Researchers conducted this study to evaluate the association between postpartum hormonal contraceptive use and postpartum depression.
We searched the literature on the association between postpartum hormonal contraception use and incident postpartum depression. We used the US Preventive Services Task Force framework to assess study quality.
Researchers identified one hundred sixty-seven articles identified. Four met inclusion criteria. Two studies found no differences in rates of postpartum depression between women using postpartum depot medroxyprogesterone and those not using hormonal contraception; however, a review of women receiving injectable norethisterone enanthate immediately postpartum found a 2–3-fold increased risk of depression at six weeks, though not at three months. One study compared combined hormonal contraception, POPs, etonogestrel implants, and LNG-IUDs with no hormonal contraception and found a 35–44% decreased risk of postpartum depression with POPs and LNG-IUDs, a small increased risk of postpartum antidepressant use among women using the etonogestrel implant and vaginal ring, and a decreased risk of antidepressant use with POPs.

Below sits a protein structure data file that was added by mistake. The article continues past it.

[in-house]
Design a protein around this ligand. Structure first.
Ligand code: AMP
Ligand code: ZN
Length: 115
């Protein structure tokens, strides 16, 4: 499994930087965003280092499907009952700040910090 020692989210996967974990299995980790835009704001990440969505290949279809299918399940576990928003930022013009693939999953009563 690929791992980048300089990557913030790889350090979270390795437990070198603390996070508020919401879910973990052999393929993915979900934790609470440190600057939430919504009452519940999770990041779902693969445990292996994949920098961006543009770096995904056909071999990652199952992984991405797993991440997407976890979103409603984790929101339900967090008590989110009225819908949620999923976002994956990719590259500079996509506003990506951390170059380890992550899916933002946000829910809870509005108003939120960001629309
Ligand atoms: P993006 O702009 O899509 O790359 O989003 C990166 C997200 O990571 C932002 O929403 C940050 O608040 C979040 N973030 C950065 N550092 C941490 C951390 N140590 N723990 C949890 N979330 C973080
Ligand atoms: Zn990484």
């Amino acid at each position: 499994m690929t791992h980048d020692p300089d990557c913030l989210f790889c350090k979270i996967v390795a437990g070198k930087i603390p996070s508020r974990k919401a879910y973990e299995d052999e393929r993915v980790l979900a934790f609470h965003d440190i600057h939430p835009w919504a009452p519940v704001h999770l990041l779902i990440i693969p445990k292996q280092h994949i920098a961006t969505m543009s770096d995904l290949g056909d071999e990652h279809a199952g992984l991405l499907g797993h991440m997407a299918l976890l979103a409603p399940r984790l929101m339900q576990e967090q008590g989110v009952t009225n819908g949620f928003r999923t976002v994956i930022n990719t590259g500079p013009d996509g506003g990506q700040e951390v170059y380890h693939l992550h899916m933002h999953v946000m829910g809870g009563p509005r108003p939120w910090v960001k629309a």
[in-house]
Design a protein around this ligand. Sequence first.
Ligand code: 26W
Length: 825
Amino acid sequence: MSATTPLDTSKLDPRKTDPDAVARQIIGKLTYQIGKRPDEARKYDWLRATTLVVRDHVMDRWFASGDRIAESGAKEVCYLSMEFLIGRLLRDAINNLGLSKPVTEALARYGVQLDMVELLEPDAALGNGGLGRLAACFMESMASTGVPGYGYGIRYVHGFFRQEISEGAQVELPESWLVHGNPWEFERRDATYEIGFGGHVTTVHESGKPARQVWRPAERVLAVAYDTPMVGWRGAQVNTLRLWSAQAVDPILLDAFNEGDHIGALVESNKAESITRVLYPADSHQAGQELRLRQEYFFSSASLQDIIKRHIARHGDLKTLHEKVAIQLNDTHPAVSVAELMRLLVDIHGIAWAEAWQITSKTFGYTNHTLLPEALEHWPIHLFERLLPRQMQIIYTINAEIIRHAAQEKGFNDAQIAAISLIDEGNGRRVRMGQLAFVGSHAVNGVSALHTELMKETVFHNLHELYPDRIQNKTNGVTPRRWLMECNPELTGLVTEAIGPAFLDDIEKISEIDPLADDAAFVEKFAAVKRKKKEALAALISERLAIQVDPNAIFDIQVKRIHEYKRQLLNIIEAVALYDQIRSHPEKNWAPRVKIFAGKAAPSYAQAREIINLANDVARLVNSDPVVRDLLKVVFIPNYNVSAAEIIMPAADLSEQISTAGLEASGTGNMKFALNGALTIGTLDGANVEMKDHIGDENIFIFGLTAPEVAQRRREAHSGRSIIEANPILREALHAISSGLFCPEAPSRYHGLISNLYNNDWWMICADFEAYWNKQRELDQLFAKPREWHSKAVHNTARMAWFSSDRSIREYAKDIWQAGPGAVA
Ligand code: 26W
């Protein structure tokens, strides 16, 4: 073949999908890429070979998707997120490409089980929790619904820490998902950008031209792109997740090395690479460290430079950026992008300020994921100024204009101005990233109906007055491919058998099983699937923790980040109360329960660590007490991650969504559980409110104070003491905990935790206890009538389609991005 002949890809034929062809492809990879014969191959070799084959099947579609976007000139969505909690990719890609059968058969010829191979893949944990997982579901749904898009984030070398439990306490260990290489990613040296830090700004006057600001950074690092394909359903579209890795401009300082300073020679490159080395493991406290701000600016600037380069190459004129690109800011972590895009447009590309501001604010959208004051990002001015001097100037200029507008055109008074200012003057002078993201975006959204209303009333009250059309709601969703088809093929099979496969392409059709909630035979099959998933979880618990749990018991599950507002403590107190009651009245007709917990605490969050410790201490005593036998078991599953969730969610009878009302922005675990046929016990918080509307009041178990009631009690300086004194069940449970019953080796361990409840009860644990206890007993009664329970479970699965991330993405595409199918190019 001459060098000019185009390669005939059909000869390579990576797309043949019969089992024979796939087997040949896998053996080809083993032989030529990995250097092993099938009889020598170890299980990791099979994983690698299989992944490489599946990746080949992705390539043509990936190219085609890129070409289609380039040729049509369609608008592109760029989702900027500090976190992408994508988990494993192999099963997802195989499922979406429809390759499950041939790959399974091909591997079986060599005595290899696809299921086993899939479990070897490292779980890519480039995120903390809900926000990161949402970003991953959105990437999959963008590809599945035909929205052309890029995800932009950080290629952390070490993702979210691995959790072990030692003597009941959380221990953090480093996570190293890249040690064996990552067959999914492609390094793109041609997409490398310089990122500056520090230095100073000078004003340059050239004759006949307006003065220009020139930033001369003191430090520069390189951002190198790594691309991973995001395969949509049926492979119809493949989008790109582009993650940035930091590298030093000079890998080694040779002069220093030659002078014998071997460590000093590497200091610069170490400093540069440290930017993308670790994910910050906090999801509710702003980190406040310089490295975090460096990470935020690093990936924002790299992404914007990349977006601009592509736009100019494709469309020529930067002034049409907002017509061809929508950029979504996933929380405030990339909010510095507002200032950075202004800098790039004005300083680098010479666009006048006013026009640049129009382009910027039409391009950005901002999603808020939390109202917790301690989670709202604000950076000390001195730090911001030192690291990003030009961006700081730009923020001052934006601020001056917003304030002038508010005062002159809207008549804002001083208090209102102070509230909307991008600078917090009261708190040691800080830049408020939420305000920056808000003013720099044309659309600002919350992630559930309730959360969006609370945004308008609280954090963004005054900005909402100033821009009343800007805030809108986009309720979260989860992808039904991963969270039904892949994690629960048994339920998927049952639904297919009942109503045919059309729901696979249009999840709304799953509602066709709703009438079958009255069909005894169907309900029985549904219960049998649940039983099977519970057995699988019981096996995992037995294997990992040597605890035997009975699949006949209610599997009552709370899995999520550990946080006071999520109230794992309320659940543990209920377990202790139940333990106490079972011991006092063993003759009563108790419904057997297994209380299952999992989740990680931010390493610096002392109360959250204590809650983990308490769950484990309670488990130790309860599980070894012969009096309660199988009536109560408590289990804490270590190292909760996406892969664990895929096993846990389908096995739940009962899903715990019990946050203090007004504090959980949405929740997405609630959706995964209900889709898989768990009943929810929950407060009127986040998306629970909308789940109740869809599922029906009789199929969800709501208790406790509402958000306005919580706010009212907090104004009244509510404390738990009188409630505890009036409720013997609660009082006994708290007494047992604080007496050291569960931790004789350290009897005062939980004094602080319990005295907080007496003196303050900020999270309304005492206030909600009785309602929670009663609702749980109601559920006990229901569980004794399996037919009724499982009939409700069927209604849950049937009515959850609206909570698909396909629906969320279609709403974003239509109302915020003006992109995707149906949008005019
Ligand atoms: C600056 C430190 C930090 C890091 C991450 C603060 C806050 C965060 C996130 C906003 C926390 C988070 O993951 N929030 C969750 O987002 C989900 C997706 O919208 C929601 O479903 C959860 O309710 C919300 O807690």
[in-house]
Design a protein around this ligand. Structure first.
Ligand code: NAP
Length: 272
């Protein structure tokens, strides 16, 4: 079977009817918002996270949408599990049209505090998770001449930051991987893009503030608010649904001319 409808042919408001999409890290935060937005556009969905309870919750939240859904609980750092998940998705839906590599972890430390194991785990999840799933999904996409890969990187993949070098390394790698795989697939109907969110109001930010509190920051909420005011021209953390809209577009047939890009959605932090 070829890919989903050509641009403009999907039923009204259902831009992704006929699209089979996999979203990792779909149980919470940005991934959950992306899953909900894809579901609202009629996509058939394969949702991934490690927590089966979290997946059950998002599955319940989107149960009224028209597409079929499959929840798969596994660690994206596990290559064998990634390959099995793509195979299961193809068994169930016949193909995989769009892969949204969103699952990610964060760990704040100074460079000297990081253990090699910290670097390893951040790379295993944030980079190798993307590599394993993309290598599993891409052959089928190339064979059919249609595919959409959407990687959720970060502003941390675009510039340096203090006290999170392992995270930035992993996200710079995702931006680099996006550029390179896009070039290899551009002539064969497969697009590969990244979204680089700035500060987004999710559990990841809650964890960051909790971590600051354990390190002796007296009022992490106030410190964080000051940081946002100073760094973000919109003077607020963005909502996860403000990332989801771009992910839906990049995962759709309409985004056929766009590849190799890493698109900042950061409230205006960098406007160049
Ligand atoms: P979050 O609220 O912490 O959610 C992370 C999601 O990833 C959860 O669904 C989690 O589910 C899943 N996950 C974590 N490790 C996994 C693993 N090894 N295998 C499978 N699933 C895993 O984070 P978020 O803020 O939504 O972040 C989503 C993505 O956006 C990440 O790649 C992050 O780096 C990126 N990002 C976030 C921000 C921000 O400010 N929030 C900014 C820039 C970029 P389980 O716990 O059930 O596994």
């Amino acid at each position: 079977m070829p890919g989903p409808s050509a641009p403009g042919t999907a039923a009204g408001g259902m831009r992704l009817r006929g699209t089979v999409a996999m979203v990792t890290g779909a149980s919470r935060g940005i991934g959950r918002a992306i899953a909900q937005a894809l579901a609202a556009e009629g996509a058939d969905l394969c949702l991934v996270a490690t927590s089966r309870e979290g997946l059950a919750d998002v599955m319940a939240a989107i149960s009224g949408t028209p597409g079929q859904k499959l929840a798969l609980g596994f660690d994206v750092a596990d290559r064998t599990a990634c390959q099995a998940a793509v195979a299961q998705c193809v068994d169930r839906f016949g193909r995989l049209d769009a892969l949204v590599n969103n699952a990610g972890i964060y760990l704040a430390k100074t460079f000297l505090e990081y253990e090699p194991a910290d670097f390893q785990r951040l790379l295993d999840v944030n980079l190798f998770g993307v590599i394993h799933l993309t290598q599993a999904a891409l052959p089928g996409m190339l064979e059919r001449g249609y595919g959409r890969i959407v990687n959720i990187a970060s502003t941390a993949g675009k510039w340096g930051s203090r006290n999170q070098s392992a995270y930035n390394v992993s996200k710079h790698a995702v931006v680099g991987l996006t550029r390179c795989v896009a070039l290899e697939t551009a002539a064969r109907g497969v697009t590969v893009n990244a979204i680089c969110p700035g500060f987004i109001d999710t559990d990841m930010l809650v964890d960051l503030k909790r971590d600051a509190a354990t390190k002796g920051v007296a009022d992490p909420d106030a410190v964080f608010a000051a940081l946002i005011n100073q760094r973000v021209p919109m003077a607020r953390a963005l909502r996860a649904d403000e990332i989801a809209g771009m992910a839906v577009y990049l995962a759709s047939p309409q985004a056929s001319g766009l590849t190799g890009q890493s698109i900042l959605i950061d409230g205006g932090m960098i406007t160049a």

The study found no consistent associations between hormonal contraceptive use and incidence of postpartum depression. Future research would be strengthened by using validated diagnostic measures, careful consideration of confounders, and adequate follow-up time.